STUDENT DATA GUIDANCE
In guidance issued by the Department’s Privacy Technical Assistance Center, schools and districts are urged to be proactive in communicating how they use student data. Information should be available to answer common questions before they are asked. “Now, more than ever, schools need data to monitor academic progress and develop successful teaching strategies,” the Secretary stated. “At the same time, parents need assurance that their children’s personal information is being used responsibly. This guidance helps schools strike a balance between the two.”
To keep the public informed about privacy and the use of student records, the Department’s Family Policy Compliance Office (FPCO) also announced a companion web site that includes a variety of resources and information regarding the federal laws it administers.
In the coming months, the agency will post decision letters from prior complaints handled by FPCO and feature an online “community of practice” for school officials to share best practices, information, templates, and other resources.
SUSTAINABLE SCHOOLS AND DISTRICTS
On July 22, the Secretary, Chair of the White House Council on Environmental Quality Mike Boots, and Assistant Secretary of Commerce for Conservation and Sustainability Mark Schaefer congratulated 2014 U.S. Department of Education-Green Ribbon Schools and District Sustainability Awardees at a special ceremony at the Department of Commerce in Washington, D.C. The Secretary also announced the “Healthy Schools, High-Achieving Students” Best Practices Tour. This six-state tour, spanning August to October, will spotlight practices that improve the overall achievement, productivity, and wellness of occupants through educational, health, and safety improvements in school facilities. (Note: For the 2014-15 award cycle, in addition to up to five school and district nominees, each state may also nominate a postsecondary institution.)
ED Review is pleased to introduce two members of the Department’s State and Local Engagement team.
Joe Walsh, who joined the Department this spring, is the new Deputy Assistant Secretary for State and Local Engagement. He leads the State and Local Public Engagement team, which includes intergovernmental affairs, rural outreach, staff in 10 regional offices throughout the U.S., and the agency’s signature recognition programs for schools and students. He serves as a senior member of the Department’s Communications and Outreach team and advisor to Secretary Duncan, as well as an ambassador to elected and appointed officials at the state and local level.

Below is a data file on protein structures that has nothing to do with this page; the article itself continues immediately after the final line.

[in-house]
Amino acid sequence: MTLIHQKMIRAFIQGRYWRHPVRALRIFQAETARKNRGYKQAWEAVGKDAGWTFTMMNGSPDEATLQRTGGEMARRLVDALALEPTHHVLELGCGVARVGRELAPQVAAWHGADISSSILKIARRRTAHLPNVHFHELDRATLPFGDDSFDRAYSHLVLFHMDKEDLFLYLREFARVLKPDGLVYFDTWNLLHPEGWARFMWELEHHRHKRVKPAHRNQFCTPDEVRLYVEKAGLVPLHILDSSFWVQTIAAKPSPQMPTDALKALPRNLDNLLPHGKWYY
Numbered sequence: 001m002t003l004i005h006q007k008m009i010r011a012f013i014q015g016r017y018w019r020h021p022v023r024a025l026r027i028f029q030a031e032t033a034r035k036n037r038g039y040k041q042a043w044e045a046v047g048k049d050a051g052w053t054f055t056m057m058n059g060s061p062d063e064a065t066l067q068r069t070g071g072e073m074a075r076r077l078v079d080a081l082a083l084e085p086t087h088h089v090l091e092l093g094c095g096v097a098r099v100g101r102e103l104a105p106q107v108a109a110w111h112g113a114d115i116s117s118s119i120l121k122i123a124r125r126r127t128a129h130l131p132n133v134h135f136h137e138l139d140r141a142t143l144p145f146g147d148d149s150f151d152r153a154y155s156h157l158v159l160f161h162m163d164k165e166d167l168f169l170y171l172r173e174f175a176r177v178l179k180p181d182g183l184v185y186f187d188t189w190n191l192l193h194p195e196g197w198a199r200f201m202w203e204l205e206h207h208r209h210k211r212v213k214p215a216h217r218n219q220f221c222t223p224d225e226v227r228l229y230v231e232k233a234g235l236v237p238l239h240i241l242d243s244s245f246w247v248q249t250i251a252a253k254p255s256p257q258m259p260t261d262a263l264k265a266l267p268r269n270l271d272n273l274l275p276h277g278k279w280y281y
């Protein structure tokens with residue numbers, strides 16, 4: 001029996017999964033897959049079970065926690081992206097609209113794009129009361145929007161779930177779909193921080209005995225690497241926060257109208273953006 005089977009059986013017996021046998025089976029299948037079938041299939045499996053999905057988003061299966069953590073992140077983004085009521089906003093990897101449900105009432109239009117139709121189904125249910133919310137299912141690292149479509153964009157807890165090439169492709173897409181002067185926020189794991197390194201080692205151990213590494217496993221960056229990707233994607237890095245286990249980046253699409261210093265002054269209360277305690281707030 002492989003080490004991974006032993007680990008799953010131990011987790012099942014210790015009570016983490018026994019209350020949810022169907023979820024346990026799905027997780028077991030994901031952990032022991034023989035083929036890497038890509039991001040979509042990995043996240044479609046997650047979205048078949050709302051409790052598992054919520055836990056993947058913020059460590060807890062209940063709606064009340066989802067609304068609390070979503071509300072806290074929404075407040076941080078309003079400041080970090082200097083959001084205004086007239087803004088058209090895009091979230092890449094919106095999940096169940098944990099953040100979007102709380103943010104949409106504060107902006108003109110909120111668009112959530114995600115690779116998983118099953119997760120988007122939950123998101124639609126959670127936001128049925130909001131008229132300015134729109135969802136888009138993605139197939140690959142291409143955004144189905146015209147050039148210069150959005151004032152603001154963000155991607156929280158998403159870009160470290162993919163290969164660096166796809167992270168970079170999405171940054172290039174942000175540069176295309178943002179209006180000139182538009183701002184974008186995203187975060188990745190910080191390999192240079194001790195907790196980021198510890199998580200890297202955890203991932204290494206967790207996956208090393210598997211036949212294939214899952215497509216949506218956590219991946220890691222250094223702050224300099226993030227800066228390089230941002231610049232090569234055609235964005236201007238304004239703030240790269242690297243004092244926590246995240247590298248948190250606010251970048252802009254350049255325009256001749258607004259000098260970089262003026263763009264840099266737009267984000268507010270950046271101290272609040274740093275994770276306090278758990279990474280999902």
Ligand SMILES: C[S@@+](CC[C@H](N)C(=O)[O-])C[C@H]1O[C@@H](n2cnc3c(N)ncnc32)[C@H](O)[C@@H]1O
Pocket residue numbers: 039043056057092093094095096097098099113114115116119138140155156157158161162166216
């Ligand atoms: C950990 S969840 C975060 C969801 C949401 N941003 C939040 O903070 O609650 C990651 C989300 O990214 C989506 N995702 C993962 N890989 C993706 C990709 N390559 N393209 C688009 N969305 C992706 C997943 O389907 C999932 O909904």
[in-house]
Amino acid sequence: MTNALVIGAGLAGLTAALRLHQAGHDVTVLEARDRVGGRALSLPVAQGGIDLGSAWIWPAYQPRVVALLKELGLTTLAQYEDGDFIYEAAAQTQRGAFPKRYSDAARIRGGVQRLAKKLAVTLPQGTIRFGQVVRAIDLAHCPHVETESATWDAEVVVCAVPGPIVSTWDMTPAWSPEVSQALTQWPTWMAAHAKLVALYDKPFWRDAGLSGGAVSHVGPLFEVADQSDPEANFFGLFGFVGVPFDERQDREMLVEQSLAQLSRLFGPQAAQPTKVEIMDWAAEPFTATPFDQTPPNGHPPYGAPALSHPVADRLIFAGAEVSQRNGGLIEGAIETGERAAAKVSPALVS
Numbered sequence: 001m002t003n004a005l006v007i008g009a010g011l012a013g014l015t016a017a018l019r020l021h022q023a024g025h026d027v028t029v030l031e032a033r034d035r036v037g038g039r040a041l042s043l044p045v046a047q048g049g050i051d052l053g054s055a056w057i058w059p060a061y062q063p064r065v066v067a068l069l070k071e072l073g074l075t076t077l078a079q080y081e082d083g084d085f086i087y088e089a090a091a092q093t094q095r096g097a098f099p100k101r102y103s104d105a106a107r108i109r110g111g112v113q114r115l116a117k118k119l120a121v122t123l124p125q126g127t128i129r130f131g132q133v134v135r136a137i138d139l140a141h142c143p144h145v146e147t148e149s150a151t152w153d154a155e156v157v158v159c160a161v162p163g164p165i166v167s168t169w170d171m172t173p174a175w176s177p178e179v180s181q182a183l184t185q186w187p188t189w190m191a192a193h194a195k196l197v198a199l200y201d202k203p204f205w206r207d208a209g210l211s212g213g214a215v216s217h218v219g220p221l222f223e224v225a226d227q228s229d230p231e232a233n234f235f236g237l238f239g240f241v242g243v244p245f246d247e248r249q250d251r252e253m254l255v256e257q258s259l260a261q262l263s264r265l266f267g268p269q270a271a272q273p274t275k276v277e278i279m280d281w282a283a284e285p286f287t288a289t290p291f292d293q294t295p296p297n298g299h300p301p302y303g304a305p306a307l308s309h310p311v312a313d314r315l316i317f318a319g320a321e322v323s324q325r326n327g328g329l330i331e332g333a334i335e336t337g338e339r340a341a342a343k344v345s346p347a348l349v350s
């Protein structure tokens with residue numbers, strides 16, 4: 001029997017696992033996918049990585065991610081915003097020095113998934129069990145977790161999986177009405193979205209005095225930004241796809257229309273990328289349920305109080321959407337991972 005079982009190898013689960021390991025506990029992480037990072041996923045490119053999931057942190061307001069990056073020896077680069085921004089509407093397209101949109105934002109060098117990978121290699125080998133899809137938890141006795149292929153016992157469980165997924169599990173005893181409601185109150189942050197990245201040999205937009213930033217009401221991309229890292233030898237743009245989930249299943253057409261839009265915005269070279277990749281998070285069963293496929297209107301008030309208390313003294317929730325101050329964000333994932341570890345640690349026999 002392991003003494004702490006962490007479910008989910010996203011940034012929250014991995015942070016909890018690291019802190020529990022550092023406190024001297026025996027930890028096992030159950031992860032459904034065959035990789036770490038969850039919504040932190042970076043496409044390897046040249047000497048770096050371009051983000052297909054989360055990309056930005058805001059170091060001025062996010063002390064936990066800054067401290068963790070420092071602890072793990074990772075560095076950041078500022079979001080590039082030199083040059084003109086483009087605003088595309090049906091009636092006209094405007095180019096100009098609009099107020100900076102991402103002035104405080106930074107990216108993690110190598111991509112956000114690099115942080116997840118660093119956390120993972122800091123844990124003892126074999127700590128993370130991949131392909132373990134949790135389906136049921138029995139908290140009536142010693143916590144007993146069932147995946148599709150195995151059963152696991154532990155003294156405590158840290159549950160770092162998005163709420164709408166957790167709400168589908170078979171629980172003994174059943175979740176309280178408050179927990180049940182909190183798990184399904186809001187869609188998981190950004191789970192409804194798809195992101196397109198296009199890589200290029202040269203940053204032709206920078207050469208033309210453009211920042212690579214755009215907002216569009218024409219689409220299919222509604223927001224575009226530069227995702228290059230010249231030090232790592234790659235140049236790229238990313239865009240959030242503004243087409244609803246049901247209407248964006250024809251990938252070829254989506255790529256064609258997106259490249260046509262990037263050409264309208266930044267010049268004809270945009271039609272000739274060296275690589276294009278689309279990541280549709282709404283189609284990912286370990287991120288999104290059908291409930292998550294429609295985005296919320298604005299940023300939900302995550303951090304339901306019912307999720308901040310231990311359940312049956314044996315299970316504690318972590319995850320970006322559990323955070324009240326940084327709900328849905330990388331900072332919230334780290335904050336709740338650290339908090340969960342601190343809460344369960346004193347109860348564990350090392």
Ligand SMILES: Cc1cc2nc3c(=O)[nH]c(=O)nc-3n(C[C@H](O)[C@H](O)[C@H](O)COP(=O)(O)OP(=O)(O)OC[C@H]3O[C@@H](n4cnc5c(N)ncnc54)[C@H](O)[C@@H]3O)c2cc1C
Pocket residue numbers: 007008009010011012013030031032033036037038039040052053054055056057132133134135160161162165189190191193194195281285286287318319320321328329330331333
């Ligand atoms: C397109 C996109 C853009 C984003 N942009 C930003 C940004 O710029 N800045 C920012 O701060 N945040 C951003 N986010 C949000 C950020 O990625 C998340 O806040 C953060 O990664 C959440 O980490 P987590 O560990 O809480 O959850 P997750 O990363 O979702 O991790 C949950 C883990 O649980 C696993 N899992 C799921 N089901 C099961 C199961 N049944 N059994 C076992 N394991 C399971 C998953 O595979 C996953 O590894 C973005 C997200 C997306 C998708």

Most recently, Joe worked at the Bill and Melinda Gates Foundation on education as Deputy Director of U.S. Policy and Advocacy. Previously, he spent more than a decade in leadership roles in state and local government, including serving in the cabinet of Washington, D.C., Mayor Adrian Fenty as director of the state-level workforce development agency, and in the administration of Massachusetts Governor Deval Patrick as director of policy and planning for the Executive Office of Labor and Workforce Development. He was also director of the City of Salem, Massachusetts’ planning and economic development department and, prior to that, chief of staff to the mayor. He began his career as a high school program instructor at the Close Up Foundation, the nation’s largest civic education program, and served as education director of the President’s Commission on White House Fellowships.
And, the Department is pleased to announce this week that Lucy Johnson, former mayor of the City of Kyle, Texas, has joined the State and Local Engagement team and has been appointed to serve as Deputy Assistant Secretary for Rural Outreach, the Department’s primary liaison to education stakeholders in rural and small communities and the organizations that represent them.
Lucy recently left office as mayor after deciding not to seek a third term. During her time as mayor, she worked to secure better access to education for Kyle’s residents, building a new city library, campaigning successfully for a community college campus, and actively fostering relationships between local school district officials and the city. A strong believer in youth involvement, she also helped create the Kyle Area Youth Advisory Council (KAYAC) to advise council members and city staff on a variety of municipal issues and voted to create an honorary council position for a youth representative. Growing up on a Texas ranch led to an early appreciation for rural America -- both its joys and challenges -- and, as mayor, Lucy helped navigate her home town of Kyle through a period of heavy growth and development as it shifted from a small farming and ranching community to a prosperous suburban extension of the Austin metropolitan area.